Penetrating the Myth of L.A.’s Safety


At City Watch and his personal blog Soap Box, Stephen Box punched an SUV sized hole in the Mayor and Police Chief Charlie Beck’s claim that the City of Los Angeles has become the “second safest big city in America, after New York.”  Box’s contention is that because the city assumes that most traffic crashes are “accidents” even when there is plenty of evidence to the contrary, that the city can keep its official statistics low and avoid having to spend resources to keep the city safe.

As long as we refer to the mayhem on the streets as “accidents” Villaraigosa will be allowed to continue the charade but the reality is this, the streets of Los Angeles are a Public Safety nightmare and the people of LA stand a greater chance of being killed by a motorist than by a gangbanger.

Police Officers stand a greater change of dying in a car crash than in a fight with a criminal.

As LA celebrates its “2nd safest Big City” status, it’s important to acknowledge that Los Angeles is also a national leader in hit-and-run crimes.

Los Angeles is a City under Hit and Run Seige. The Mayor needs to get out of the Yukon and onto a Schwinn if he wants to truly impress on the people of Los Angeles that we are a city that puts a premium on Public Safety. Public Safety that is for everyone including LA’s growing cyclist community.

Powerful stuff, but outside of his typically robust verbiage, Box breaks down the multiple errors made in the handling of the “Cayenne v Cyclist” crash that left an East Hollywood activist hospitalized and a hit and run Porsche driver back on the street.  You can read a summary of the LAPD’s five sins or head over to Soap Box to read Box’s article in full and have a chance to comment.

  1. Even though she drove off after hitting Magos, the LAPD let the driver go after she filled out some paperwork in a police station.  Magos’ family was still figuring out which hospital he lay in while the driver, and her car, were back on the street.  And, she waited an hour to turn herself in.
  2. The LAPD didn’t collect evidence.  The bike was left on the side of the road and is now in Magos’ garage.  The driver zipped away in her car after filling out some forms at the Wilshire Division.
  3. Within an hour of the crash, without talking to the officers or examining the evidence, the Watch Commander referred to the crash as a “traffic accident.”
  4. Despite hitting, hospitalizing and running, the driver is only accused of a misdemeanor, the same level of penalty one would receive for shoplifting a candy bar.
  5. For the last goof, I’ll just quote Box completely because of this blog’s role in the error.  :

The “hit-and-run” incident took place last week. Since then the LAPD investigators prepared a file and it was vetted and a press release went out. It contained misinformation. It was then lost and the LAPD’s media department was unable to retrieve the information for the press.

In light of the fact that the cycling community was Tweeting the motorist’s license plate info within minutes of the collision and that the local blogs were humming within the hour of the incident, how does the LAPD take a week to fumble with the report and then lose the press release?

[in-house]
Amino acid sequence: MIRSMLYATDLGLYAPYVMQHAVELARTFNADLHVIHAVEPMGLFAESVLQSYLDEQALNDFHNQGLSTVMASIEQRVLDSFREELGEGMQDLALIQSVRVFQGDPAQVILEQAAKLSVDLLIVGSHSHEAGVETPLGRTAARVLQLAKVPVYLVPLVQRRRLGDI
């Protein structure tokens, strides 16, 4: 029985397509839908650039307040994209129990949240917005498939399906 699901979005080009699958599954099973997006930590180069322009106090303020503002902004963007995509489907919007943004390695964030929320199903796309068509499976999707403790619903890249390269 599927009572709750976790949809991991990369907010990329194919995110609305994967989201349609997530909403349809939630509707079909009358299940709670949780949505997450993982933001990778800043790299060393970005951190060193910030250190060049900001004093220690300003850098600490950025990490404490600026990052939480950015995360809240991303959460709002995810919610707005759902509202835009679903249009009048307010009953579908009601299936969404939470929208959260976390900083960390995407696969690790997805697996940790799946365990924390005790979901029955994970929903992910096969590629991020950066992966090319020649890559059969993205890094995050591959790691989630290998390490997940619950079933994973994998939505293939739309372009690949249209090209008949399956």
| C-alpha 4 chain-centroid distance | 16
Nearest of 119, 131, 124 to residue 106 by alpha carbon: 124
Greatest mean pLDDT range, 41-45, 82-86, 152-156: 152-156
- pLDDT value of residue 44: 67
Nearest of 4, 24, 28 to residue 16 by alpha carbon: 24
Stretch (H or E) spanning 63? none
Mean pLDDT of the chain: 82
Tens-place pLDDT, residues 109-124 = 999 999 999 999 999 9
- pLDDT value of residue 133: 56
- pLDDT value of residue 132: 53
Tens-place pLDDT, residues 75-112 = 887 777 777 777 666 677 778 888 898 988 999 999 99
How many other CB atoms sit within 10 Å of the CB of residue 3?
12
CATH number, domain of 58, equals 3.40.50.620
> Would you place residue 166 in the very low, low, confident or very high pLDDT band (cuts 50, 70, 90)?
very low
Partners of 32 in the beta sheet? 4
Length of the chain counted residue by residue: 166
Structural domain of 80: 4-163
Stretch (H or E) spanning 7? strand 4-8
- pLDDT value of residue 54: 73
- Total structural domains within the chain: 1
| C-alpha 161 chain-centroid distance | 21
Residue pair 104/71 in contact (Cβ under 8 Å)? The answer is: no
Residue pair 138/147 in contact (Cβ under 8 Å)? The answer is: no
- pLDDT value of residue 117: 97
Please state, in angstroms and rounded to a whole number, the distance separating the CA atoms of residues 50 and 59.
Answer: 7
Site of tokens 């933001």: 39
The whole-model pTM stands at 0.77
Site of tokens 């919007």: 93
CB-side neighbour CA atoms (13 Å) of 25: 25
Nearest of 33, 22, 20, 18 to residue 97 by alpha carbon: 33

It’s 2010 and it’s time for the LAPD to put down the pencil and paper and to embrace the digital era.

(editor’s note – I get asked all the time why when an  article appears on City Watch and a personal blog I link more heavily to the blog.  It’s just because blogs usually have a discussion in the comments section and City Watch doesn’t allow comments.  I have nothing against City Watch.  They do a great job. – DN)

  • e.n

    there is a very disturbing culture within the LAPD that accepts hit-and-run accidents as a way of life in our city. the police do not investigate them even when victims are seriously injured and we are expected to accept this because we accepted the risk by riding a bike.

    i can’t see this changing without a court order or a public relations nightmare.

  • This attitude from law enforcement is reflective of the overall political culture in L.A. There are a lot of small businesses closing in and around my neighborhood. We’ll see how high and mighty car owners are once less people can afford to drive.

  • Pete Kaplana

    Just remember the motto of the L.A.P.D. has been “To Protect And To Serve” themselves since 1963.

  • Roadblock

    Is there an official stat on LA’s Hit and Run epidemic? Feels like it’s out of control.

  • Roadblock

    Are there an official stats on LA’s Hit and Run epidemic? Feels like this thing is out of control. Would also like to compare hit and run stats to drunk driving violations. MADD claims a reduction in drunk driving violations over the course of their campaign. Would be curious if hit and runs are inversely proprtional as the drunk driving laws got stiffer.

  • I think hit and runs have more to do with people who have warrants for their arrest or the vehicle is currently transporting something they should not be transporting. Don’t stop, don’t get caught.

    If that is true, it would be amazing to me that people would not ride public transportation because of “sketchy” passengers. I can’t imagine all the sketchy people driving on the freeway.


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